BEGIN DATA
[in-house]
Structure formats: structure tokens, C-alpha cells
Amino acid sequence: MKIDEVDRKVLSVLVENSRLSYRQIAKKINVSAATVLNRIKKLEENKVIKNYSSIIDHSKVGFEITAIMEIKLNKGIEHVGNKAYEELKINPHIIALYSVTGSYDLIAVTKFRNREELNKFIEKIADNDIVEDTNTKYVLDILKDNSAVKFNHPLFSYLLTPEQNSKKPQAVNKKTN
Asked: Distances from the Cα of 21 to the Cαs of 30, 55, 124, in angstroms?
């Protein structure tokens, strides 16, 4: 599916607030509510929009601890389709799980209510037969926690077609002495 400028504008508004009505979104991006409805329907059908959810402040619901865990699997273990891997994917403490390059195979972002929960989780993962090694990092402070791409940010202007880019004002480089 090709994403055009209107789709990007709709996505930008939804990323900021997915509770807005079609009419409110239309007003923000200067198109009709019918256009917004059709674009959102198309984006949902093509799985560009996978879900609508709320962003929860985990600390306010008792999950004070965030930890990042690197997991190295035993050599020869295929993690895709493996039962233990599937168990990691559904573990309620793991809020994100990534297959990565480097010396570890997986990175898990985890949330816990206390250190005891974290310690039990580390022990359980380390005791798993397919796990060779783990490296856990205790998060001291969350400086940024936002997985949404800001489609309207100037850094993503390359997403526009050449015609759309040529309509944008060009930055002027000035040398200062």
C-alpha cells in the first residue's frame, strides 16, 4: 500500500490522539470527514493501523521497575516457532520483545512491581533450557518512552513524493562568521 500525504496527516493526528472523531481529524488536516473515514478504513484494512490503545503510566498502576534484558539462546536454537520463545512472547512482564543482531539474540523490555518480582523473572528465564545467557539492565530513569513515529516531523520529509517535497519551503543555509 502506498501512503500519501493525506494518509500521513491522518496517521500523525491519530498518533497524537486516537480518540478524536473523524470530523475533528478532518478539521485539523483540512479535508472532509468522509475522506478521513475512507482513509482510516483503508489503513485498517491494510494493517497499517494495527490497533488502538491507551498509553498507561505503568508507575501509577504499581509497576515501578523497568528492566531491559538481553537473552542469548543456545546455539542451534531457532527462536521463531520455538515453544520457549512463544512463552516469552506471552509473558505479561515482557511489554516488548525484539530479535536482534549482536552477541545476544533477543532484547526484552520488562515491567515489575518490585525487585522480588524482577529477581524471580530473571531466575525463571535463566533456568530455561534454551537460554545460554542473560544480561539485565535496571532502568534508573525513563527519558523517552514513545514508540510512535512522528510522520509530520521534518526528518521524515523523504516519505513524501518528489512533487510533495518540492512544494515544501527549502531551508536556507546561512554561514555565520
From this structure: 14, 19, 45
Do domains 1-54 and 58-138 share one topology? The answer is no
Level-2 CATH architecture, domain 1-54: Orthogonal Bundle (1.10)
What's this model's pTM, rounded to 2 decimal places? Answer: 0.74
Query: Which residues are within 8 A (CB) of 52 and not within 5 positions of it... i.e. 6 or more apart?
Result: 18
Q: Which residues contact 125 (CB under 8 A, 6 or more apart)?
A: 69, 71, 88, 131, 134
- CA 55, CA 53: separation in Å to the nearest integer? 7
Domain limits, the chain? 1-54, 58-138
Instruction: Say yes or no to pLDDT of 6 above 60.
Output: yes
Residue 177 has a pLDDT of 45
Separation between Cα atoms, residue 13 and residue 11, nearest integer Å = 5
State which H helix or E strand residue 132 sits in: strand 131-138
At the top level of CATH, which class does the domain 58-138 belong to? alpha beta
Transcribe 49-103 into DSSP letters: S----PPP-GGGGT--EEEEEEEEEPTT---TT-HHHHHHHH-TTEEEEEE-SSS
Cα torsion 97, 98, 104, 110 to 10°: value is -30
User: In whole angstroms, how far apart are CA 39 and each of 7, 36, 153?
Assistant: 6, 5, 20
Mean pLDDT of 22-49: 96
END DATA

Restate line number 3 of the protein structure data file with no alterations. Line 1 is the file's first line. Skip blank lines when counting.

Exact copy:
Amino acid sequence: MKIDEVDRKVLSVLVENSRLSYRQIAKKINVSAATVLNRIKKLEENKVIKNYSSIIDHSKVGFEITAIMEIKLNKGIEHVGNKAYEELKINPHIIALYSVTGSYDLIAVTKFRNREELNKFIEKIADNDIVEDTNTKYVLDILKDNSAVKFNHPLFSYLLTPEQNSKKPQAVNKKTN